09 January 2018
Lady Chatterton’s literary
legacy has faded, but her
story remains fascinating
I was writing earlier this morning about the Victorian writer Georgiana Lady Chatterton (1806-1876), her travelogues about pre-Famine Ireland, her unusual marriage arrangements after she moved from Cork to England, and her decision to become a Roman Catholic, through the influence of Cardinal Newman, only weeks before her death.
Today, she is largely forgotten as an Irish writer. So, what about Lady Chatterton’s literary legacy?
What happened to the Ferrers family, into which her niece Rebecca married?
And whatever happened to Castlemahon, the former Chatterton family home in Blackrock, Cork?
Between 1836 and 1875, Lady Chatterton wrote numerous romantic novels, poems, biographies, religious tracts and travel books. Her string of romantic ‘novels’ were consumed eagerly by her female readers, but they were nothing less than turgid fiction, and were reviled and derided by literary critics.
Cardinal John Henry Newman was a fan of her writing and praised her later works and the refinement of thought in her later fiction. When she sent a copy of her privately-published translation of selected works of Aristotle to Newman in Birmingham, he responded:
‘The Oratory, February 28, 1875,
‘My dear Lady Chatterton,
‘Thank you for your translations of Aristotle. They are well selected, clear, and good, and must have involved a good deal of trouble. But it must have been pleasant trouble.
‘I fear you must have suffered from this trying season – which is not yet over.
‘With my best remembrances to the family circle at Baddesley.
‘I am, my dear Lady Chatterton,
‘John H Newman.’
But it has been said without cruelty by literary critics recently that her writing style did for prose what William McGonagall did for poetry.
Lady Chatterton and other women writers of the day were the target of a scathing essay by the novelist George Eliot, ‘Silly Novels by Lady Novelists.’
In her essay, George Eliot criticised stereotypically female authors of light-hearted romances: ‘Where there is one woman who writes from necessity, we believe there are three women who write from vanity; and, besides, there is something so antiseptic in the mere healthy fact of working for one’s bread, that the most trashy and rotten kind of feminine literature is not likely to have been produced under such circumstances. “In all labour there is profit;” but ladies’ silly novels, we imagine, are less the result of labour than of busy idleness.’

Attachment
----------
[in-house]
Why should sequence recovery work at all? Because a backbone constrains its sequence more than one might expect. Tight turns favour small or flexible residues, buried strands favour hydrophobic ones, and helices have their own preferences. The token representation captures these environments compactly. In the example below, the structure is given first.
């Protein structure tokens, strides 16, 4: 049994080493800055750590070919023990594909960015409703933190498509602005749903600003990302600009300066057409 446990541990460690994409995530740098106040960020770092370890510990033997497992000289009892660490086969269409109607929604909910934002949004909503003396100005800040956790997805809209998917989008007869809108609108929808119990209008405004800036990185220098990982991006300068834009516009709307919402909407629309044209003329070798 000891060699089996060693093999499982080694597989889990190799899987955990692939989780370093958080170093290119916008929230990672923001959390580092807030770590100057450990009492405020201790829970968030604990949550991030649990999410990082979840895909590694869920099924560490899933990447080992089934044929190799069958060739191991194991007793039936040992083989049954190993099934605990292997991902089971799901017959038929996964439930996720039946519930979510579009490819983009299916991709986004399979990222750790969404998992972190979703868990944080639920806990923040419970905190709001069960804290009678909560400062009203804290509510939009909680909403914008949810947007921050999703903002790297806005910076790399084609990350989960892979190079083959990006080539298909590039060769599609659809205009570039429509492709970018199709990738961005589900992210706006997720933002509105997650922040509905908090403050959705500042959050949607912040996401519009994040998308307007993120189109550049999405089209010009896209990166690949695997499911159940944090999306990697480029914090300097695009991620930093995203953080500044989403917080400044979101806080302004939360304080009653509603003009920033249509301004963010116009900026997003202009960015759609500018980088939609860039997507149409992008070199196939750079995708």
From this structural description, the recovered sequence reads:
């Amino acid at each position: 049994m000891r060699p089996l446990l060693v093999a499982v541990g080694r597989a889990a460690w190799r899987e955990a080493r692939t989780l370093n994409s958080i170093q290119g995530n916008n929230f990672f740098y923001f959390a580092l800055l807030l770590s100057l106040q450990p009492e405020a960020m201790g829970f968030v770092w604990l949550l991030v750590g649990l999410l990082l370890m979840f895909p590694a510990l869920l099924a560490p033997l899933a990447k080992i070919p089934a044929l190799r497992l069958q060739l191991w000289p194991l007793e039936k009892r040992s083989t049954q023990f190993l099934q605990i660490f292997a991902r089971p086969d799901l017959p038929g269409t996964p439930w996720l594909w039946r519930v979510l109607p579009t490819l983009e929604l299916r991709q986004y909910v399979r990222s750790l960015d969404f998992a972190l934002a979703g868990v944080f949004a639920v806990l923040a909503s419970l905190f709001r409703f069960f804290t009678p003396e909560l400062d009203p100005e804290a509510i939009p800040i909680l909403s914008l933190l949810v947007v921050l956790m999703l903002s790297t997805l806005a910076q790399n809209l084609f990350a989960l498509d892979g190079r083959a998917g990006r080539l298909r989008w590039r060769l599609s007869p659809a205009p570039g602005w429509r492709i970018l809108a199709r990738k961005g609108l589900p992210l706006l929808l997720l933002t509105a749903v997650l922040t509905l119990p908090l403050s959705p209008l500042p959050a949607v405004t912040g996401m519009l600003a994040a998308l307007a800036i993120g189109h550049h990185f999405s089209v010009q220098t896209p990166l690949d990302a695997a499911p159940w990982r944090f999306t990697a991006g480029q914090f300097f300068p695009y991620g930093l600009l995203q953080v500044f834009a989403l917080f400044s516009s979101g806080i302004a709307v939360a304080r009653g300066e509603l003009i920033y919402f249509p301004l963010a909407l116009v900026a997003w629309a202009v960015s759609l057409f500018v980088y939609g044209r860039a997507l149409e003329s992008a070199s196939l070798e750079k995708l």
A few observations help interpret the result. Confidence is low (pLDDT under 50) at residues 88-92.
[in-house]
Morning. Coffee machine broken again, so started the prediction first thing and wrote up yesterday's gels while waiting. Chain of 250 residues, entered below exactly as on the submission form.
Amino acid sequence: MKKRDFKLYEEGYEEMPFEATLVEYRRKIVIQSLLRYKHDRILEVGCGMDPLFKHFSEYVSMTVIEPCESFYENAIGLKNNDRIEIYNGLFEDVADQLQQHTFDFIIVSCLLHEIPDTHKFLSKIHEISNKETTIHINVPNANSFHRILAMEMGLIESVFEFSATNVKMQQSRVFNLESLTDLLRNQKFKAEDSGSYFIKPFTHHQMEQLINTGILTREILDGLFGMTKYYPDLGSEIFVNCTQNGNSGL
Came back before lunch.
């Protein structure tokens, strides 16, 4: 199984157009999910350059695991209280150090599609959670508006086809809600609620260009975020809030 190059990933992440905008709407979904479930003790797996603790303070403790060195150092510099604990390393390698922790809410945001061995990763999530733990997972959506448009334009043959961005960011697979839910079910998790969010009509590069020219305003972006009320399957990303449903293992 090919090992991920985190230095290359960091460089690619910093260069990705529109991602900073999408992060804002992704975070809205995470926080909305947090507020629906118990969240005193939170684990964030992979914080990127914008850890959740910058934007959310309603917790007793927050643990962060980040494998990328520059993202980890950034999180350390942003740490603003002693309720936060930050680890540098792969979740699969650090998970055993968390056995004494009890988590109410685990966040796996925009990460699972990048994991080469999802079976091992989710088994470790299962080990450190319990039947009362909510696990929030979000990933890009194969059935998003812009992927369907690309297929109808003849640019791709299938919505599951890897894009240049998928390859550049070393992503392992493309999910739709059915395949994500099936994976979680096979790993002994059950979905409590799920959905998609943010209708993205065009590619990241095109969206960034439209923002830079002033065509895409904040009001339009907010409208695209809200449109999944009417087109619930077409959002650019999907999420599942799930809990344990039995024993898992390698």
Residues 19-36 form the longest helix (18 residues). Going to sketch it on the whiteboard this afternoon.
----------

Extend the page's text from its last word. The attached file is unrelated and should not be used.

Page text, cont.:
As for Marmion Ferrers and his family and his name, people were still fighting over the Ferrers name and title 30 years after his death, as late as 1914, when the case again came before the House of Lords.
In 1855, Marmion Ferrers became one of the legal heirs to the title of Baron Ferrers of Chartley. This title went into abeyance with the death of his uncle that year, and the two claimants were Marmion and his aunt, Lady Elizabeth Boultbee.
Marmion’s mother was Lady Elizabeth’s sister, Lady Harriet Anne Townshend (1782-1845), who married Edward Ferrers (1790-1830) in 1813. The two sisters became the legal heirs to their brother, George Townshend (1778-1855), 3rd Marquess Townshend.
The Ferrers title had been inherited in the Devereux family by the Earls of Essex. Robert Devereux, 3rd Earl of Essex and Lord of the Manor of Lichfield, had two sisters, Lady Frances Devereux (1590-1674), who in 1616 married William Seymour (1587-1660), later Duke of Somerset; and Lady Dorothy Devereux, who married Sir Henry Shirley, whose descendants held the titles of Earl Shirley and Viscount Tamworth.
As the Dowager Duchess of Somerset, Frances also held properties in Lichfield, Tamworth, Wigginton and Comberford. When she died on 24 April 1674, she left her collection of 1,000 books to Lichfield Cathedral, including the Saint Chad’s Gospels and a book of pedigrees that had been bought for her by her close friend, Colonel William Comberford. He died in 1656, and in his will he described her as ‘the Right Honorable and trulie virtuous ladie …’